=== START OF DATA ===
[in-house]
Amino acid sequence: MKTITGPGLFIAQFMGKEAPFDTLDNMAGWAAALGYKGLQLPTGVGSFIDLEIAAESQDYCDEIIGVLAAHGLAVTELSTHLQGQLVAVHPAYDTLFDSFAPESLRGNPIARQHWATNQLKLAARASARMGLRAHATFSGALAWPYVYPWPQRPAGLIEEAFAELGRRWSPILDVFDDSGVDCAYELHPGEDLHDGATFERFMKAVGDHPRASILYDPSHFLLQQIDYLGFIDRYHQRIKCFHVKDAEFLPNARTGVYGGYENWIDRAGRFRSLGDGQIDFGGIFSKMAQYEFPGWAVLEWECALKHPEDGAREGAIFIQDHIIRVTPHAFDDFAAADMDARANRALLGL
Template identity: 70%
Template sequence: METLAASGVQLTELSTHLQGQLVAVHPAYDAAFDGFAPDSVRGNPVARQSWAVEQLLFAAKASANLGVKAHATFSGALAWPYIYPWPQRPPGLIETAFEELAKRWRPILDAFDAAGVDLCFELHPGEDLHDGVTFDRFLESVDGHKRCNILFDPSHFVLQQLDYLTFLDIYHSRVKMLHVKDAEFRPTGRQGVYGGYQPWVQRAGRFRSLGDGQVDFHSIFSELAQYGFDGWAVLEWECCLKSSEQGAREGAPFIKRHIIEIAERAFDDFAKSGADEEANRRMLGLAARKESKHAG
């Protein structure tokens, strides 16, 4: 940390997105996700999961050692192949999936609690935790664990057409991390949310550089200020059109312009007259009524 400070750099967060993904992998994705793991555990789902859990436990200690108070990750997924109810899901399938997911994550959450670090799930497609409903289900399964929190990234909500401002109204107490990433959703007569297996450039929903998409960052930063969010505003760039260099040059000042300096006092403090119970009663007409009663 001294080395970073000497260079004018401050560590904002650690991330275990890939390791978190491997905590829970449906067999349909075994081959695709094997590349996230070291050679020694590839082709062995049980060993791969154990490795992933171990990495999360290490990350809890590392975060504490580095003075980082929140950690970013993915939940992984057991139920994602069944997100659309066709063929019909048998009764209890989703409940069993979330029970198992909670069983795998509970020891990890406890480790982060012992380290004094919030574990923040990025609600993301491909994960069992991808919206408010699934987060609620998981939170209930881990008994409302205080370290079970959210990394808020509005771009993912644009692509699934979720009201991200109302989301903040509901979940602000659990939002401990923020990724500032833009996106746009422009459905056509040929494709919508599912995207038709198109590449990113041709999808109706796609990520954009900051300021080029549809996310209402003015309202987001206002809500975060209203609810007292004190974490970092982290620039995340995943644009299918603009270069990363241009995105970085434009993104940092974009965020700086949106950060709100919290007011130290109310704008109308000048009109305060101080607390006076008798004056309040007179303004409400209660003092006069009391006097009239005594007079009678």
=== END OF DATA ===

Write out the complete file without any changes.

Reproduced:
[in-house]
Amino acid sequence: MKTITGPGLFIAQFMGKEAPFDTLDNMAGWAAALGYKGLQLPTGVGSFIDLEIAAESQDYCDEIIGVLAAHGLAVTELSTHLQGQLVAVHPAYDTLFDSFAPESLRGNPIARQHWATNQLKLAARASARMGLRAHATFSGALAWPYVYPWPQRPAGLIEEAFAELGRRWSPILDVFDDSGVDCAYELHPGEDLHDGATFERFMKAVGDHPRASILYDPSHFLLQQIDYLGFIDRYHQRIKCFHVKDAEFLPNARTGVYGGYENWIDRAGRFRSLGDGQIDFGGIFSKMAQYEFPGWAVLEWECALKHPEDGAREGAIFIQDHIIRVTPHAFDDFAAADMDARANRALLGL
Template identity: 70%
Template sequence: METLAASGVQLTELSTHLQGQLVAVHPAYDAAFDGFAPDSVRGNPVARQSWAVEQLLFAAKASANLGVKAHATFSGALAWPYIYPWPQRPPGLIETAFEELAKRWRPILDAFDAAGVDLCFELHPGEDLHDGVTFDRFLESVDGHKRCNILFDPSHFVLQQLDYLTFLDIYHSRVKMLHVKDAEFRPTGRQGVYGGYQPWVQRAGRFRSLGDGQVDFHSIFSELAQYGFDGWAVLEWECCLKSSEQGAREGAPFIKRHIIEIAERAFDDFAKSGADEEANRRMLGLAARKESKHAG
């Protein structure tokens, strides 16, 4: 940390997105996700999961050692192949999936609690935790664990057409991390949310550089200020059109312009007259009524 400070750099967060993904992998994705793991555990789902859990436990200690108070990750997924109810899901399938997911994550959450670090799930497609409903289900399964929190990234909500401002109204107490990433959703007569297996450039929903998409960052930063969010505003760039260099040059000042300096006092403090119970009663007409009663 001294080395970073000497260079004018401050560590904002650690991330275990890939390791978190491997905590829970449906067999349909075994081959695709094997590349996230070291050679020694590839082709062995049980060993791969154990490795992933171990990495999360290490990350809890590392975060504490580095003075980082929140950690970013993915939940992984057991139920994602069944997100659309066709063929019909048998009764209890989703409940069993979330029970198992909670069983795998509970020891990890406890480790982060012992380290004094919030574990923040990025609600993301491909994960069992991808919206408010699934987060609620998981939170209930881990008994409302205080370290079970959210990394808020509005771009993912644009692509699934979720009201991200109302989301903040509901979940602000659990939002401990923020990724500032833009996106746009422009459905056509040929494709919508599912995207038709198109590449990113041709999808109706796609990520954009900051300021080029549809996310209402003015309202987001206002809500975060209203609810007292004190974490970092982290620039995340995943644009299918603009270069990363241009995105970085434009993104940092974009965020700086949106950060709100919290007011130290109310704008109308000048009109305060101080607390006076008798004056309040007179303004409400209660003092006069009391006097009239005594007079009678």